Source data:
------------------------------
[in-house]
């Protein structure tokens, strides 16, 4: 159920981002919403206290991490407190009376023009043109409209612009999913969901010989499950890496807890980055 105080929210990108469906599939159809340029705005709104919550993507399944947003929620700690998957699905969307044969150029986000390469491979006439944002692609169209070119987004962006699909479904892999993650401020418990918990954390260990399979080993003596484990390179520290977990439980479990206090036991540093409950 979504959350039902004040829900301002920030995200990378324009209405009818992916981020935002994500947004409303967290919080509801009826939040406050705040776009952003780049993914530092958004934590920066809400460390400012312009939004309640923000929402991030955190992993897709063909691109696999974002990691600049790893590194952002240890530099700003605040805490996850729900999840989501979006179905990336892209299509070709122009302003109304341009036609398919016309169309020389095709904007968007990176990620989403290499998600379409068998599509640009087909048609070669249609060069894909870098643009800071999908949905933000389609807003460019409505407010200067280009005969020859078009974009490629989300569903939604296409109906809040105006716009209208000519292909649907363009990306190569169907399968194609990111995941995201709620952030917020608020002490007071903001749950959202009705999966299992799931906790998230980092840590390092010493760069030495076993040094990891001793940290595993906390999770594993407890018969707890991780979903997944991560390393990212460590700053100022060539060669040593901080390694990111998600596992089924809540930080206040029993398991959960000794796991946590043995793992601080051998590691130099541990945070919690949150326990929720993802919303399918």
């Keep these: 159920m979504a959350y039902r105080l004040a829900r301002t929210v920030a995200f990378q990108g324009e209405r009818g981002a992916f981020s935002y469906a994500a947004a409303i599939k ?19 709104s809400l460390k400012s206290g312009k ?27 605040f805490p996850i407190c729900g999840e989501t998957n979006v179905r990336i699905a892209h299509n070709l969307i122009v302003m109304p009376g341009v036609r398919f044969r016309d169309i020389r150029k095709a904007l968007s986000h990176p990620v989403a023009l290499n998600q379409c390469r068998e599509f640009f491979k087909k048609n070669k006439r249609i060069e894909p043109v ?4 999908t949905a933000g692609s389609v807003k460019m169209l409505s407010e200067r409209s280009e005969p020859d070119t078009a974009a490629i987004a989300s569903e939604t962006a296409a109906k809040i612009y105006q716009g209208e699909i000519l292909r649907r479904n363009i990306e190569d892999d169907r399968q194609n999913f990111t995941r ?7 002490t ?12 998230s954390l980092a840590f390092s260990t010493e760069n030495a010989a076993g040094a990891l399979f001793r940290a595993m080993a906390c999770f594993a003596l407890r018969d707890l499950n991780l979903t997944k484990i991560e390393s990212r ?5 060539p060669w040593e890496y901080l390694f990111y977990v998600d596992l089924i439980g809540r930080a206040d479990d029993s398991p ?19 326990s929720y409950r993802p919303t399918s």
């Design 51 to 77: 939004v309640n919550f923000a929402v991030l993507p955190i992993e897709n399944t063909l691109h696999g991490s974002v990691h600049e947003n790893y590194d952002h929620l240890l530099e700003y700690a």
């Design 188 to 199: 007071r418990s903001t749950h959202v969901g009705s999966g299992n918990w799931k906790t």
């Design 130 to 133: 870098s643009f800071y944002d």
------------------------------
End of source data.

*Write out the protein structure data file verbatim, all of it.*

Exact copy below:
[in-house]
């Protein structure tokens, strides 16, 4: 159920981002919403206290991490407190009376023009043109409209612009999913969901010989499950890496807890980055 105080929210990108469906599939159809340029705005709104919550993507399944947003929620700690998957699905969307044969150029986000390469491979006439944002692609169209070119987004962006699909479904892999993650401020418990918990954390260990399979080993003596484990390179520290977990439980479990206090036991540093409950 979504959350039902004040829900301002920030995200990378324009209405009818992916981020935002994500947004409303967290919080509801009826939040406050705040776009952003780049993914530092958004934590920066809400460390400012312009939004309640923000929402991030955190992993897709063909691109696999974002990691600049790893590194952002240890530099700003605040805490996850729900999840989501979006179905990336892209299509070709122009302003109304341009036609398919016309169309020389095709904007968007990176990620989403290499998600379409068998599509640009087909048609070669249609060069894909870098643009800071999908949905933000389609807003460019409505407010200067280009005969020859078009974009490629989300569903939604296409109906809040105006716009209208000519292909649907363009990306190569169907399968194609990111995941995201709620952030917020608020002490007071903001749950959202009705999966299992799931906790998230980092840590390092010493760069030495076993040094990891001793940290595993906390999770594993407890018969707890991780979903997944991560390393990212460590700053100022060539060669040593901080390694990111998600596992089924809540930080206040029993398991959960000794796991946590043995793992601080051998590691130099541990945070919690949150326990929720993802919303399918």
């Keep these: 159920m979504a959350y039902r105080l004040a829900r301002t929210v920030a995200f990378q990108g324009e209405r009818g981002a992916f981020s935002y469906a994500a947004a409303i599939k ?19 709104s809400l460390k400012s206290g312009k ?27 605040f805490p996850i407190c729900g999840e989501t998957n979006v179905r990336i699905a892209h299509n070709l969307i122009v302003m109304p009376g341009v036609r398919f044969r016309d169309i020389r150029k095709a904007l968007s986000h990176p990620v989403a023009l290499n998600q379409c390469r068998e599509f640009f491979k087909k048609n070669k006439r249609i060069e894909p043109v ?4 999908t949905a933000g692609s389609v807003k460019m169209l409505s407010e200067r409209s280009e005969p020859d070119t078009a974009a490629i987004a989300s569903e939604t962006a296409a109906k809040i612009y105006q716009g209208e699909i000519l292909r649907r479904n363009i990306e190569d892999d169907r399968q194609n999913f990111t995941r ?7 002490t ?12 998230s954390l980092a840590f390092s260990t010493e760069n030495a010989a076993g040094a990891l399979f001793r940290a595993m080993a906390c999770f594993a003596l407890r018969d707890l499950n991780l979903t997944k484990i991560e390393s990212r ?5 060539p060669w040593e890496y901080l390694f990111y977990v998600d596992l089924i439980g809540r930080a206040d479990d029993s398991p ?19 326990s929720y409950r993802p919303t399918s």
């Design 51 to 77: 939004v309640n919550f923000a929402v991030l993507p955190i992993e897709n399944t063909l691109h696999g991490s974002v990691h600049e947003n790893y590194d952002h929620l240890l530099e700003y700690a």
């Design 188 to 199: 007071r418990s903001t749950h959202v969901g009705s999966g299992n918990w799931k906790t």
């Design 130 to 133: 870098s643009f800071y944002d």